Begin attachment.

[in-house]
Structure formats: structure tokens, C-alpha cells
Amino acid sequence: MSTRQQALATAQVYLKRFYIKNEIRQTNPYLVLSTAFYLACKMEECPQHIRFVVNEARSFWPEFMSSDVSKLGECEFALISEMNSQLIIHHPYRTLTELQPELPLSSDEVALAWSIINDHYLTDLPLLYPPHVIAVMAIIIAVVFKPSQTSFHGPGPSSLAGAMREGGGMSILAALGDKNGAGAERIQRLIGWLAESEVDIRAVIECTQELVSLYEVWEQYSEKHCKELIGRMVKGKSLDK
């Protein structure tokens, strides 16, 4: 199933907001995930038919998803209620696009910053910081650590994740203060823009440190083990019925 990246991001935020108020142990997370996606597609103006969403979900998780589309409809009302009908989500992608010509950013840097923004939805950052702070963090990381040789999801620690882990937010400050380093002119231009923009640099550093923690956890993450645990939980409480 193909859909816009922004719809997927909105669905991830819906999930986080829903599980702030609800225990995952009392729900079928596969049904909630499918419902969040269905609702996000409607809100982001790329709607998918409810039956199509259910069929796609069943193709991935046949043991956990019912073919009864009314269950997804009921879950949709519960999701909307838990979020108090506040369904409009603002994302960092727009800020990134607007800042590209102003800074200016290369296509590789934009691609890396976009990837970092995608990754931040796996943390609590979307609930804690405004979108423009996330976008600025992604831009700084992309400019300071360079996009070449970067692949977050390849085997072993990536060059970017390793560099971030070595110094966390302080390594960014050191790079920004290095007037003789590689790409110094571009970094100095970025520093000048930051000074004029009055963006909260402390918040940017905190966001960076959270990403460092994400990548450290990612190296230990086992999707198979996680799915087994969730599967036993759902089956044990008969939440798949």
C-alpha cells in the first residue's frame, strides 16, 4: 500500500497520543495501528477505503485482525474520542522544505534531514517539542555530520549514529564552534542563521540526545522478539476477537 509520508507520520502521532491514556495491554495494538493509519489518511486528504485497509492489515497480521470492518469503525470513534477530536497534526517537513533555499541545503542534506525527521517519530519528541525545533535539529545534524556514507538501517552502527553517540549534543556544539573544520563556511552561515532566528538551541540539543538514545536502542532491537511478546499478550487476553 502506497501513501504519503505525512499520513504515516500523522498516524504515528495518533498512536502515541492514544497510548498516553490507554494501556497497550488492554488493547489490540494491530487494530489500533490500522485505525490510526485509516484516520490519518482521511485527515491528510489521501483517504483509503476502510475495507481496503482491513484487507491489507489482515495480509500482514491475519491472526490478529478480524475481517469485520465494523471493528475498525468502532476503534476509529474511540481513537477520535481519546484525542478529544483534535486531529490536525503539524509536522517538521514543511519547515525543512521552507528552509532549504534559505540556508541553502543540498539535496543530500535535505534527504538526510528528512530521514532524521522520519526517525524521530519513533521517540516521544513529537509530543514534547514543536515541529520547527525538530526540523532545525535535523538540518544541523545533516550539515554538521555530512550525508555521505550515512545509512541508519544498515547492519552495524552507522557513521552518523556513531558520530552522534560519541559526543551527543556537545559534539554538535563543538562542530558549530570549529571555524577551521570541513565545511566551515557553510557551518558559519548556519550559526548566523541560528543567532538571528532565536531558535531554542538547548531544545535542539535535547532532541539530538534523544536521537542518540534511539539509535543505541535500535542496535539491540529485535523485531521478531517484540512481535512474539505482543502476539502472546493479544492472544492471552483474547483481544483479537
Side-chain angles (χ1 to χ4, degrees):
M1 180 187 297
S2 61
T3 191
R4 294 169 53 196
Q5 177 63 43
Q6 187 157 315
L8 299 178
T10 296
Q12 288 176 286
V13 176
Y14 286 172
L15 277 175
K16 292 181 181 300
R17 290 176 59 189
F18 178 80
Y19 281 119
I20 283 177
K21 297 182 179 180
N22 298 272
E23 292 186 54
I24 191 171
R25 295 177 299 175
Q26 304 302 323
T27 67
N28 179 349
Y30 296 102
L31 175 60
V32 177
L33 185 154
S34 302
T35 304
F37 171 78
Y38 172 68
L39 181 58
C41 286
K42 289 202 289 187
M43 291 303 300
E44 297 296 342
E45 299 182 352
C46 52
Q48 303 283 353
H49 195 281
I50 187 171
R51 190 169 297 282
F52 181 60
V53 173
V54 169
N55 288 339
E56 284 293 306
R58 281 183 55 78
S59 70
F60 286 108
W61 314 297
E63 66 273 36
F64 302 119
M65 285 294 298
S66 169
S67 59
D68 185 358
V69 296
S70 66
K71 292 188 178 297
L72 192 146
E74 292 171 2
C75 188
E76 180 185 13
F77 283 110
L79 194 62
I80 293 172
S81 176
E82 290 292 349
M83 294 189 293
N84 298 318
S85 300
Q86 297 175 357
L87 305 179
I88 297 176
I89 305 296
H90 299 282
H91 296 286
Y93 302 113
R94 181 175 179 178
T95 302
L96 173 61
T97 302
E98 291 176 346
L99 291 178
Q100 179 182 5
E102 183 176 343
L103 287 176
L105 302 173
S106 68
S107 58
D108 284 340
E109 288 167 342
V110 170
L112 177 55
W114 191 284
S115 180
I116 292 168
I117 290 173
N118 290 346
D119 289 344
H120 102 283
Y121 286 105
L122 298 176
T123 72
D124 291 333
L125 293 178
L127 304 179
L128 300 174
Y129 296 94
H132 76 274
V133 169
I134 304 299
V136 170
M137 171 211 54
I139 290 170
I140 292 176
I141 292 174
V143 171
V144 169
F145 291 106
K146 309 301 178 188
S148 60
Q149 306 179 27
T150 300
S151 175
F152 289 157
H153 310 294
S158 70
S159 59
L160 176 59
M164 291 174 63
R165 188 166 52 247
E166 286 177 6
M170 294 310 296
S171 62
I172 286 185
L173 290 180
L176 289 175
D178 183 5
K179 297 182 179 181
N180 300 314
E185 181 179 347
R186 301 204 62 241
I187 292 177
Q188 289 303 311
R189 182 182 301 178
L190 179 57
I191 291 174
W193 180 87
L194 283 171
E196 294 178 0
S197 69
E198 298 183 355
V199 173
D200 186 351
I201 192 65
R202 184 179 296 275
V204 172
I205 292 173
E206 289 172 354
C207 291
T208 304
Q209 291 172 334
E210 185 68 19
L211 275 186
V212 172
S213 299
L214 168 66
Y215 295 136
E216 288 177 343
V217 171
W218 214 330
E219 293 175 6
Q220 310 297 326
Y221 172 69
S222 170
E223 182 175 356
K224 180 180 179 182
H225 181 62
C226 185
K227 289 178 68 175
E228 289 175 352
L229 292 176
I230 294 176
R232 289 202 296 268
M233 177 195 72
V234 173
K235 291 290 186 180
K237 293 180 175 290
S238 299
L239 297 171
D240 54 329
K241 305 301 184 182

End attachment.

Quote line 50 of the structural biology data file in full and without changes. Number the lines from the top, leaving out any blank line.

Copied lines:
R51 190 169 297 282